"a riot which avoids a lot of the obvious romcom pitfalls, puts a fresh spin on the genre and should leave everybody with a smile on their face"

It feels like a long time since there has been a good romantic comedy - the genre has really taken a bashing in recent years, riddled with formulaic and predictable films so you are left expecting them all to be awful, so How to be Single is a breath of fresh air.

The rom-com features an ensemble cast headed up by Fifty Shades of Grey star Dakota Johnson as Alice, who goes on a break from her longtime college boyfriend Josh (Nicholas Braun) and moves to New York City to work in a law firm and discover herself. She meets the single partygirl Robin (Rebel Wilson) who teaches her the tricks of being single in a big city. Then we have Alice’s sister Meg (Leslie Mann) who has a hard time changing her career goals to settle down with a boyfriend and baby, and Lucy (Alison Brie), who is desperate to find “the one” and settle down.

The only relatively normal person is Alice, the rest are very stereotypical female characters – the promiscuous party girl, the fiercely independent one who won’t let anybody in, and the serial online dater desperate to come across Mr. Right. But this is actually a work of genius because between them they cover a wide spectrum of women and the female audience will be able to identify with aspects of at least one or two.

The comedy is very well-observed and contemporary, and some lines were so relatable I could not help but burst out laughing. Wilson comes out with some filthy and gross lines and the others are so cringeworthy and awkward. The men are hilarious in this too – from hot bartender Tom (Workaholics’ Anders Holm), Meg’s love interest Ken (Jake Lacy from Girls) and Lucy’s potential Mr. Right George (Jason Mantzoukas). It is obvious the cast improvised a lot and it makes the humour more natural and fresh.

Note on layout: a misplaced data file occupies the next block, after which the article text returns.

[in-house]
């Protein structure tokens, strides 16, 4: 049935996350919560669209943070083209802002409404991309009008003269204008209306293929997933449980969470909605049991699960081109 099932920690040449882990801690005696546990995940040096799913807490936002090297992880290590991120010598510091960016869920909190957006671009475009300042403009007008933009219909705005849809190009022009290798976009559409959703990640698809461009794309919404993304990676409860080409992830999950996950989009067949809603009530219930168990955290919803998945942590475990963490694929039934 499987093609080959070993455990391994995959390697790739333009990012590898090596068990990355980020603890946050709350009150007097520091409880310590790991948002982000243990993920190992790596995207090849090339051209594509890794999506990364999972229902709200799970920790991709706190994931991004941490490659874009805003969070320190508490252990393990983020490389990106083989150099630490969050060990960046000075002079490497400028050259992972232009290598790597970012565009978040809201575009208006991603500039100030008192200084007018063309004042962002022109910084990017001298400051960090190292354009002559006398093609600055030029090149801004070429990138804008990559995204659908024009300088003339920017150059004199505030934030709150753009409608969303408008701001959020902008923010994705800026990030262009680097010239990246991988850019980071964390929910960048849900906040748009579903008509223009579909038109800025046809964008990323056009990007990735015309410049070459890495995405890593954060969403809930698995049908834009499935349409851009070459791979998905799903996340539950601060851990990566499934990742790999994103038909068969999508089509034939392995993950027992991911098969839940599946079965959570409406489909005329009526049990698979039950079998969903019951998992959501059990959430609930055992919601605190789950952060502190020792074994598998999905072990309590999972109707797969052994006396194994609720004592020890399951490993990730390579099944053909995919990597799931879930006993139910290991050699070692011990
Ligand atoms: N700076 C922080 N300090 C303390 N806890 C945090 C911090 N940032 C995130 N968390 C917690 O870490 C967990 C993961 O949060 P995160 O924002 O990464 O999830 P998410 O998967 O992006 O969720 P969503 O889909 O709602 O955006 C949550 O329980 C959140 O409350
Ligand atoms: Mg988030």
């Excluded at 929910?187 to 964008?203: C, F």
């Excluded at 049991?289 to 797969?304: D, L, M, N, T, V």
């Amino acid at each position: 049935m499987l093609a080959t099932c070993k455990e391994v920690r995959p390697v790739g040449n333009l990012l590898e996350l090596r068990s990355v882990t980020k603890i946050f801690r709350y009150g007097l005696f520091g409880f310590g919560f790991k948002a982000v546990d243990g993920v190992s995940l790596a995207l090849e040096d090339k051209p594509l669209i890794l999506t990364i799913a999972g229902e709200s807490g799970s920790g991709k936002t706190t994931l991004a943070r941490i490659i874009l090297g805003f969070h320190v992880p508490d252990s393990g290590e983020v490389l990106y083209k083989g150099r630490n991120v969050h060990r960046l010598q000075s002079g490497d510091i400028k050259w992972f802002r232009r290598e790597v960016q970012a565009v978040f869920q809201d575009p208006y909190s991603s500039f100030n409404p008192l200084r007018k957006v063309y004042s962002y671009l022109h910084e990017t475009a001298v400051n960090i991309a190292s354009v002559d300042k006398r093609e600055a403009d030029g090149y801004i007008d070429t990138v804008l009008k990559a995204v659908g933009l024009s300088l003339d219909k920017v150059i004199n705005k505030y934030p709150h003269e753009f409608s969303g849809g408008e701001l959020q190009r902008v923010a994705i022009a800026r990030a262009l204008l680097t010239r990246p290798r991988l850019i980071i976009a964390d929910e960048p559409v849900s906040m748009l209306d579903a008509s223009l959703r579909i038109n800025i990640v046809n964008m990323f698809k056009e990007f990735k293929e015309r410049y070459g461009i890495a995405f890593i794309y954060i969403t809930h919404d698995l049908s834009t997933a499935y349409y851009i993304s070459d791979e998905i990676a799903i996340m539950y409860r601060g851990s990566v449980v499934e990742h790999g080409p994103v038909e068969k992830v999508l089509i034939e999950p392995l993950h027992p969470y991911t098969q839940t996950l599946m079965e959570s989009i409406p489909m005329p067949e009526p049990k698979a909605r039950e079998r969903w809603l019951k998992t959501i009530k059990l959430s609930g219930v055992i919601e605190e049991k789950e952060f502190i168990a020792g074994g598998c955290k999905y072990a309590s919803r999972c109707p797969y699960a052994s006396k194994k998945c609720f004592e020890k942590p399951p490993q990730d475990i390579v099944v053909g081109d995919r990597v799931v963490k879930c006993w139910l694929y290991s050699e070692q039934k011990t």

It isn’t all about the laughs. Although it is called How to be Single, it is mostly about Alice’s attempts to have a relationship and how she is not good at being alone. There are some touchingly sweet or sad moments in each of the girls’ stories that made the women in the audience audibly go “aaww”. One plotline, with Alice’s date David (played by Damon Wayans, Jr.) and his daughter, is really tragic and it felt tonally out of place in a movie that is supposed to be fun.

This sense of fun is set from the very start with the bassy club beat of Martin Solveig’s Intoxicated as the film opens on Wilson busting some moves on the dancefloor in a shirt with a light-up arrow pointing to her downstairs. That perfectly illustrates the tone of the movie. The Bridesmaids star gets the best lines and physical comedy moments. While I do find her funny, I can’t help but notice she plays the same part in everything. Literally the same! Johnson is sweet and relatable and the audience are with her on her emotional journey. Mann is a comedy veteran so can always be relied upon to play the neurotic woman, and I wanted to see Brie more – I enjoyed her scenes a lot.

This sounds like it is 100% a girls movie, and while women will definitely enjoy it more, many men did indeed laugh. This is a riot which avoids a lot of the obvious romcom pitfalls, puts a fresh spin on the genre and should leave everybody with a smile on their face.